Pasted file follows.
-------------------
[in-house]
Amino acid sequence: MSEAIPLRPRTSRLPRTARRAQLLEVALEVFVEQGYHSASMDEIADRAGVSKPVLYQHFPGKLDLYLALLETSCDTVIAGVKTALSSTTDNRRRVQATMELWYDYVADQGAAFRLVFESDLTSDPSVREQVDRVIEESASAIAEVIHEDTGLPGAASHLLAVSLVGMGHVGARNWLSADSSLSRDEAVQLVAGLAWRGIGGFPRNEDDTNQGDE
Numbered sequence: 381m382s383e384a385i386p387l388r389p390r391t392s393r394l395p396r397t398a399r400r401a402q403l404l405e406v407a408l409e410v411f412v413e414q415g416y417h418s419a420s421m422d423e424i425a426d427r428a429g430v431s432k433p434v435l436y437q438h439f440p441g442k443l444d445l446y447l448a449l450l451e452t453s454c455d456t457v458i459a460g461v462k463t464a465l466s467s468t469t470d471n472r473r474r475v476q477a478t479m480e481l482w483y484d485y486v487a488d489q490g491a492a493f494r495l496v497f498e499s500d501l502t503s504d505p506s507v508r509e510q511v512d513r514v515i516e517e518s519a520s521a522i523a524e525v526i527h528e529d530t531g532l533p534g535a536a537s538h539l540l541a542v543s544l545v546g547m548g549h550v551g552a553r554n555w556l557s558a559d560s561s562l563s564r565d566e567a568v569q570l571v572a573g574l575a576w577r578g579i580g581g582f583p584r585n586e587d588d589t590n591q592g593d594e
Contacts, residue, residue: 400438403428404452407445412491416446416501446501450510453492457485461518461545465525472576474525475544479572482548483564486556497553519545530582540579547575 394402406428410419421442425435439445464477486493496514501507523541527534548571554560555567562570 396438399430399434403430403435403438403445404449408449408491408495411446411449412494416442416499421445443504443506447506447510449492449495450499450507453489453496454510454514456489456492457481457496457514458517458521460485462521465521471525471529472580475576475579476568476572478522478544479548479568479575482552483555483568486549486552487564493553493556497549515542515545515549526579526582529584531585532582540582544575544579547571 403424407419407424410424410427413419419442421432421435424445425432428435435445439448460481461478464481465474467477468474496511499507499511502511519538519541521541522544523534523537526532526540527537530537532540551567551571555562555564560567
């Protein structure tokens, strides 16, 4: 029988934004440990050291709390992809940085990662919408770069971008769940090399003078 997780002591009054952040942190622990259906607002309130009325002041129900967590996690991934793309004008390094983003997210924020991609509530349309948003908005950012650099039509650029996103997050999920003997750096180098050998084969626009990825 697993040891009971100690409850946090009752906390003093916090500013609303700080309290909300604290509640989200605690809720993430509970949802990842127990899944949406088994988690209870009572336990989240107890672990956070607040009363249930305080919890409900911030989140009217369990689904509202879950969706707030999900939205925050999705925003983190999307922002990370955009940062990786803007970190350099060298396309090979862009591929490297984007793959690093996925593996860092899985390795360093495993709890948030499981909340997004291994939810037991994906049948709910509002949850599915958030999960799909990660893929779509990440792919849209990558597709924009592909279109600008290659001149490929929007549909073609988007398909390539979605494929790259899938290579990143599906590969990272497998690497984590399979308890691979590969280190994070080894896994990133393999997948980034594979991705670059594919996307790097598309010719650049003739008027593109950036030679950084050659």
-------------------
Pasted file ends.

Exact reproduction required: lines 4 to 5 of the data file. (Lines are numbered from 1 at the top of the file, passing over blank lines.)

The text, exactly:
Contacts, residue, residue: 400438403428404452407445412491416446416501446501450510453492457485461518461545465525472576474525475544479572482548483564486556497553519545530582540579547575 394402406428410419421442425435439445464477486493496514501507523541527534548571554560555567562570 396438399430399434403430403435403438403445404449408449408491408495411446411449412494416442416499421445443504443506447506447510449492449495450499450507453489453496454510454514456489456492457481457496457514458517458521460485462521465521471525471529472580475576475579476568476572478522478544479548479568479575482552483555483568486549486552487564493553493556497549515542515545515549526579526582529584531585532582540582544575544579547571 403424407419407424410424410427413419419442421432421435424445425432428435435445439448460481461478464481465474467477468474496511499507499511502511519538519541521541522544523534523537526532526540527537530537532540551567551571555562555564560567
């Protein structure tokens, strides 16, 4: 029988934004440990050291709390992809940085990662919408770069971008769940090399003078 997780002591009054952040942190622990259906607002309130009325002041129900967590996690991934793309004008390094983003997210924020991609509530349309948003908005950012650099039509650029996103997050999920003997750096180098050998084969626009990825 697993040891009971100690409850946090009752906390003093916090500013609303700080309290909300604290509640989200605690809720993430509970949802990842127990899944949406088994988690209870009572336990989240107890672990956070607040009363249930305080919890409900911030989140009217369990689904509202879950969706707030999900939205925050999705925003983190999307922002990370955009940062990786803007970190350099060298396309090979862009591929490297984007793959690093996925593996860092899985390795360093495993709890948030499981909340997004291994939810037991994906049948709910509002949850599915958030999960799909990660893929779509990440792919849209990558597709924009592909279109600008290659001149490929929007549909073609988007398909390539979605494929790259899938290579990143599906590969990272497998690497984590399979308890691979590969280190994070080894896994990133393999997948980034594979991705670059594919996307790097598309010719650049003739008027593109950036030679950084050659």